Was that the end for Josh Thomas’ Please Like Me? Photo: ABC Tom (Thomas Ward) and Josh (Josh Thomas) and their misery pasta bowls. Photo: ABC
Josh Thomas, Emily Barclay and Hannah Gadsby. Photo: ABC
“I’m sorry about your life.”
As far as a simple summation of a series’ intent goes, it might go down as one of TV’s best ever final lines.
The quip, uttered on last night’s season four finale of ABC’s Please Like Me by Josh (Josh Thomas) to best friend Tom (Thomas Ward) and politely returned back again, summed up the off-kilter melancholic wink of the show and its bumbling but lovably self-deprecating cast of misfits.
“I’m glad you liked that,” laughs series producer Todd Abbott. “There’s so much pressure on the last words of things, but I think it delightfully sums up everything that Please Like Me has been about.”
The line also signalled a flurry of panic from the show’s fans, as the episode’s neat finality hinted at something more permanent than just an end-of-year hiatus.
Titled ‘Souvlaki’, the episode, directed by Thomas, tied up a number of the season’s remaining loose threads.
Following Rose’s shock death in last week’s affecting episode, Josh put Rose’s house on the market and bought his own inner-city pad with the $1.4 million payout (accurate local real estate figures, I should add), breaking up the ol’ sharehouse.
Ella (Emily Barclay), meanwhile, got cold feet about moving into a loft with Tom, leading to their break-up, and Tom and Josh’s final misery-over-pasta moment.
“We weren’t even sure we were going to make a fourth season. And so when we did start, we basically decided that, in case it does turn out to be the last one, it really should feel like it has a satisfying conclusion,” Abbott says.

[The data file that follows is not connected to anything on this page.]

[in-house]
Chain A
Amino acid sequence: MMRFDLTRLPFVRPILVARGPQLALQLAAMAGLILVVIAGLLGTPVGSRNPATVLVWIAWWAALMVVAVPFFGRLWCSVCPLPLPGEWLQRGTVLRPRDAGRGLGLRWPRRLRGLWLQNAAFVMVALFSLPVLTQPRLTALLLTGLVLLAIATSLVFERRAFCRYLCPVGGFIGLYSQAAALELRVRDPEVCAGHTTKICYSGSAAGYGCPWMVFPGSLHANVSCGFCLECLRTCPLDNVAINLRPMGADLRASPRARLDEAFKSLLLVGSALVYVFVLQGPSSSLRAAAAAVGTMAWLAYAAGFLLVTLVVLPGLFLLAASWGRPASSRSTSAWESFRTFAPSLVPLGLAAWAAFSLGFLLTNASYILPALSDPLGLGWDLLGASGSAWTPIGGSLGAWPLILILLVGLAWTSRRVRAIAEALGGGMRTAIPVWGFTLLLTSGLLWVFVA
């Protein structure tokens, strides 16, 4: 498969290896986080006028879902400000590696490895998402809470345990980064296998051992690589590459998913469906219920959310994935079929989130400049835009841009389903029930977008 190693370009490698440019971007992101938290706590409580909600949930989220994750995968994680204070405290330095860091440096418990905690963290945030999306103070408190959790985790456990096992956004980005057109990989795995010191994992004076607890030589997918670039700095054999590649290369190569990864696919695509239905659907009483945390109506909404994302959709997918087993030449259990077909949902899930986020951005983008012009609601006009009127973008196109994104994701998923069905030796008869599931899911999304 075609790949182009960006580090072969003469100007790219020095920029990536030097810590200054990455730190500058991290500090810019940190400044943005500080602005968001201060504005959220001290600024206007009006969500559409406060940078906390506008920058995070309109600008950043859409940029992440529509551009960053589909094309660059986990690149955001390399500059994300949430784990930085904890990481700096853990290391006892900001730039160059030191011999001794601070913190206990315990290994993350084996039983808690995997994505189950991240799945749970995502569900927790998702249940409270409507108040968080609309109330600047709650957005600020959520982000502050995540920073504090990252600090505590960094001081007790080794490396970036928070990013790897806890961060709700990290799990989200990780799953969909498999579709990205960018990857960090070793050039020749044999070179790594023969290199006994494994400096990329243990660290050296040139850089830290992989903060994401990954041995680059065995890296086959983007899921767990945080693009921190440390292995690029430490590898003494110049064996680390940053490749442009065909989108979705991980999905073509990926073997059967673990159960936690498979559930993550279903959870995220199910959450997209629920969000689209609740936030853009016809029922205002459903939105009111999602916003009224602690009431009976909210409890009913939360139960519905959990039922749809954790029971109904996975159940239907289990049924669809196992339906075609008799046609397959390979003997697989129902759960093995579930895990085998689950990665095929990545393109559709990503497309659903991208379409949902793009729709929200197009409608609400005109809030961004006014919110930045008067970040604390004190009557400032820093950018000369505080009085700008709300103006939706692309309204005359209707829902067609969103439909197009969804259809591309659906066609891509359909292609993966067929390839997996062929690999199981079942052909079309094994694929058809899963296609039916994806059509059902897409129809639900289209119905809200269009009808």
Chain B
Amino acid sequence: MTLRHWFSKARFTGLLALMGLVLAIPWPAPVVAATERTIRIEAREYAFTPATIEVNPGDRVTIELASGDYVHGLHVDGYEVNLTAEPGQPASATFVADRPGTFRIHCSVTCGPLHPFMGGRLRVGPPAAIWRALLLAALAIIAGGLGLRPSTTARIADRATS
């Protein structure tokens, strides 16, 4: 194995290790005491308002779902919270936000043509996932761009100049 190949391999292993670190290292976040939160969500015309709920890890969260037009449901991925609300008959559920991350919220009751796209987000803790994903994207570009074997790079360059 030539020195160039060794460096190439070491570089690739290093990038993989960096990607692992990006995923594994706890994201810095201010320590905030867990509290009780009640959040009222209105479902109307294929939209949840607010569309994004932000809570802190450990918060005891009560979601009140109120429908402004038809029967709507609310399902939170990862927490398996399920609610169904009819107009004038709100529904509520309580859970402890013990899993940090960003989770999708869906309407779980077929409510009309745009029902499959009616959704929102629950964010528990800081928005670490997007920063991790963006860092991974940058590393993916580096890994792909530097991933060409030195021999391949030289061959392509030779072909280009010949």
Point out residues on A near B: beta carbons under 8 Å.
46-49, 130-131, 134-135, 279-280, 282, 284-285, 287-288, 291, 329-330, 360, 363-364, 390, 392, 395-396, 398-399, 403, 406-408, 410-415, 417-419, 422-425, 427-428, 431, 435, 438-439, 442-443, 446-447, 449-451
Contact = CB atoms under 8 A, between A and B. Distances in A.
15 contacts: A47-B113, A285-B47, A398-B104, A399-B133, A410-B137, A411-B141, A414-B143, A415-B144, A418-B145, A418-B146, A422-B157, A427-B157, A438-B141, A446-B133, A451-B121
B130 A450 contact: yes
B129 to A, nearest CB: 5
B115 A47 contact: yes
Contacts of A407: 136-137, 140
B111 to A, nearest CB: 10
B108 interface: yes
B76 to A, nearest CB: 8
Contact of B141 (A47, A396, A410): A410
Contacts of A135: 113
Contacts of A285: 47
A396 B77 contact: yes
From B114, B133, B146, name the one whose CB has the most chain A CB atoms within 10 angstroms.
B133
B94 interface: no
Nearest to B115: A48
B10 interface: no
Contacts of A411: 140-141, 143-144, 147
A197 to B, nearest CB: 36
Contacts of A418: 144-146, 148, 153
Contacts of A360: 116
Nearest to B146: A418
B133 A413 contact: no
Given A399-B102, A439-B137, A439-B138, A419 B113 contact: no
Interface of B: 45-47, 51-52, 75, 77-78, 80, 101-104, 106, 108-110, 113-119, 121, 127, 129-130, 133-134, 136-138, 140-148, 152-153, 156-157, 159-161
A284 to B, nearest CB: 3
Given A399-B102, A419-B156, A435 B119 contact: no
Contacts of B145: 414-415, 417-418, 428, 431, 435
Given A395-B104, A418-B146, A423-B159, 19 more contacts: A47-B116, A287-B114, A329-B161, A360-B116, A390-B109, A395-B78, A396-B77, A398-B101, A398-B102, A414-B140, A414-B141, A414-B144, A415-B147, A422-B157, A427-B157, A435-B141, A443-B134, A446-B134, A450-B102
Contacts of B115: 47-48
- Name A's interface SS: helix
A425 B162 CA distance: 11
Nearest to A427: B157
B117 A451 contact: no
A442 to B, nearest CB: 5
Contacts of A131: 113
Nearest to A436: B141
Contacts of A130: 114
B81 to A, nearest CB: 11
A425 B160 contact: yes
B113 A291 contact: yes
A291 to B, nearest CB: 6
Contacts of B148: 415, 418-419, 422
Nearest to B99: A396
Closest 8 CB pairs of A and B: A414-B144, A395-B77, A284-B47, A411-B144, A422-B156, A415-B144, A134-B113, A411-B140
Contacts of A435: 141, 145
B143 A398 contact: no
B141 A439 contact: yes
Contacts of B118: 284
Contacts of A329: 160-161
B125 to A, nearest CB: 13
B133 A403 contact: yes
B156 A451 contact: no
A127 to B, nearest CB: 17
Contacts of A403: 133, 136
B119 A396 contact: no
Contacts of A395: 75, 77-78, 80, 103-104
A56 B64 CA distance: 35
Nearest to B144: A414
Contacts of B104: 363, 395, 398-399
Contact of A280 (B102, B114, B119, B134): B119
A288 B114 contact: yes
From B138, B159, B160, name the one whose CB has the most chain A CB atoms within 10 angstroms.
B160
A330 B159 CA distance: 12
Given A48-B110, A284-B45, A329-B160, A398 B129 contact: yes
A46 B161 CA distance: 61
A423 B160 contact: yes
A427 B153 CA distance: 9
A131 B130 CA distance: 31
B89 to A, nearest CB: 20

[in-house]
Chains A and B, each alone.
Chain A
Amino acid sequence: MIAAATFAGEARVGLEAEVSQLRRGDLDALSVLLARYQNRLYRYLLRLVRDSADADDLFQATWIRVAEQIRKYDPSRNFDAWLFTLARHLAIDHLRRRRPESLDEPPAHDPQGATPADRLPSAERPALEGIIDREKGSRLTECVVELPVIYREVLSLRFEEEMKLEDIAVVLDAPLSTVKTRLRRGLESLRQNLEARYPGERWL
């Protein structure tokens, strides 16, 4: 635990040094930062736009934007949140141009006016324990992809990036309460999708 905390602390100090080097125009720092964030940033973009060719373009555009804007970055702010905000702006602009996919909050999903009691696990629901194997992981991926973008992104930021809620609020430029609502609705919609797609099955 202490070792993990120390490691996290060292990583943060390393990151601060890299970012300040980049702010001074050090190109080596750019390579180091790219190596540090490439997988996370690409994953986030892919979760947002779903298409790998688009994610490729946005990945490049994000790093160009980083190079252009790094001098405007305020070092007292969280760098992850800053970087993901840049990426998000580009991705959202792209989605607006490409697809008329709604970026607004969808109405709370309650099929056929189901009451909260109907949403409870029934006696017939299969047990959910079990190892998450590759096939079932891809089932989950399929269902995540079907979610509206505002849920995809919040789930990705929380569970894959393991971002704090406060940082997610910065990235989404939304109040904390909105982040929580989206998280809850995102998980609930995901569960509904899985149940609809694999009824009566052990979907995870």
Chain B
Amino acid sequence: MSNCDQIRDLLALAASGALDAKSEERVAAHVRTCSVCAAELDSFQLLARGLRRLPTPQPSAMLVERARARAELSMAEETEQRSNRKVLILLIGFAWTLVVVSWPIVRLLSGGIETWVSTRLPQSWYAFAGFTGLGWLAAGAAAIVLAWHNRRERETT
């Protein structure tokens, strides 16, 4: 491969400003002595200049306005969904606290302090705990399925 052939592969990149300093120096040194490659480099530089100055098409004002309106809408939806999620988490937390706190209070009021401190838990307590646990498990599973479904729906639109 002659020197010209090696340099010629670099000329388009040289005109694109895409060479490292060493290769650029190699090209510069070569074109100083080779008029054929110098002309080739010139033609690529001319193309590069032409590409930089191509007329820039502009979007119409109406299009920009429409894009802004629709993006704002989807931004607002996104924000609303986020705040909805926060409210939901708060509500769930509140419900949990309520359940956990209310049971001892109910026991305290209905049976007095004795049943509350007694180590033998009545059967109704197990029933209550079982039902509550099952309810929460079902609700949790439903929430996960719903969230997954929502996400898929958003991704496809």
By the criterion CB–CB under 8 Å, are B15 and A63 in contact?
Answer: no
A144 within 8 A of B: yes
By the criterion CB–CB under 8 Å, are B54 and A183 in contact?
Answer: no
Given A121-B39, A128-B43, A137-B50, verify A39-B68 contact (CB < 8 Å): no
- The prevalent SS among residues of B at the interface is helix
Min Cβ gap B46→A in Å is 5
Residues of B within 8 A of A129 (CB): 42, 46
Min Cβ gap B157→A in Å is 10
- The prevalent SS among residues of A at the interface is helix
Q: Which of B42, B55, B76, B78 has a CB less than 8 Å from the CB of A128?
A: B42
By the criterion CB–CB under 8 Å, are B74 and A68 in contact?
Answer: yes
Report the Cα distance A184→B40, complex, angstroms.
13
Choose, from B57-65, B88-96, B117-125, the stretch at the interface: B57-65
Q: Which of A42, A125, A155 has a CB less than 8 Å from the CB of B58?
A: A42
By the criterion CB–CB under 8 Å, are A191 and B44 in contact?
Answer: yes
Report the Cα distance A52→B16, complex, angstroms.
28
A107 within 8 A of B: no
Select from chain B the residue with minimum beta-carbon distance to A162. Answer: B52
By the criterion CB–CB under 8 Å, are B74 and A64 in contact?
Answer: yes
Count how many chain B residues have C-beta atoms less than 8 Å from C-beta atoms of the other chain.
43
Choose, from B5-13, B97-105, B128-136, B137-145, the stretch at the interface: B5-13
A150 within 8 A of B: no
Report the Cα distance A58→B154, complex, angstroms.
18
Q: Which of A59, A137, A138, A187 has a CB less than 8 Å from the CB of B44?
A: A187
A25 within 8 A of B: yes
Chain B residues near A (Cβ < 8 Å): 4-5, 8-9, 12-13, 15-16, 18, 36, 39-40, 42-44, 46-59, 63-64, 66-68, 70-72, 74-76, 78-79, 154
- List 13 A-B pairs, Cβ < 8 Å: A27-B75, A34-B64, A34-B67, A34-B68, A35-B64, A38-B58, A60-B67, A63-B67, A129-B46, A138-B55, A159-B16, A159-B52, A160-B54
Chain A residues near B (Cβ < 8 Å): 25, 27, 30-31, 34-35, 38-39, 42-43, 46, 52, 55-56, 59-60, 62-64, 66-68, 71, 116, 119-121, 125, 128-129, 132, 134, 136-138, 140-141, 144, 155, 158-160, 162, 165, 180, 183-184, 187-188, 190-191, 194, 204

“But we didn’t want to burn everything down so that we couldn’t go back and decide to make a season five. To be perfectly honest, we still haven’t decided whether we’ll do anymore.”
Despite being recently picked up by Hulu in the US and Netflix everywhere else around the globe (you can spot the fandom spreading from the enthusiastic comments in Spanish and Portuguese peppering Twitter each week), the show was placed in a precarious spot last month after its US co-producer, cable channel Pivot, suddenly shut down.
“I have to think about doing something else because I might not have another season,” Thomas told the Herald Sun last month.
“Obviously, we’re talking to everybody, but contracts aren’t built to have networks close down so it’s very tricky,” he added.
But in the end, the decision to call a wrap or keep going comes down to Thomas, Abbott said.
“Ultimately, it’s a creative decision. It’s whether Josh feels like he has any more of that story to tell,” he says.
“That’s where we were in terms of season four, too. The networks were really keen on it, but we didn’t want to do a half-arsed season for the sake of it.
“This season we came up with something that seemed like it was an important part of a story that we started to tell three seasons beforehand.
“But the decision of whether we end up doing another one comes down to whether Josh has anything left to say with these characters,” he adds.
“If there’s a story left to tell, then it’s worth doing.”
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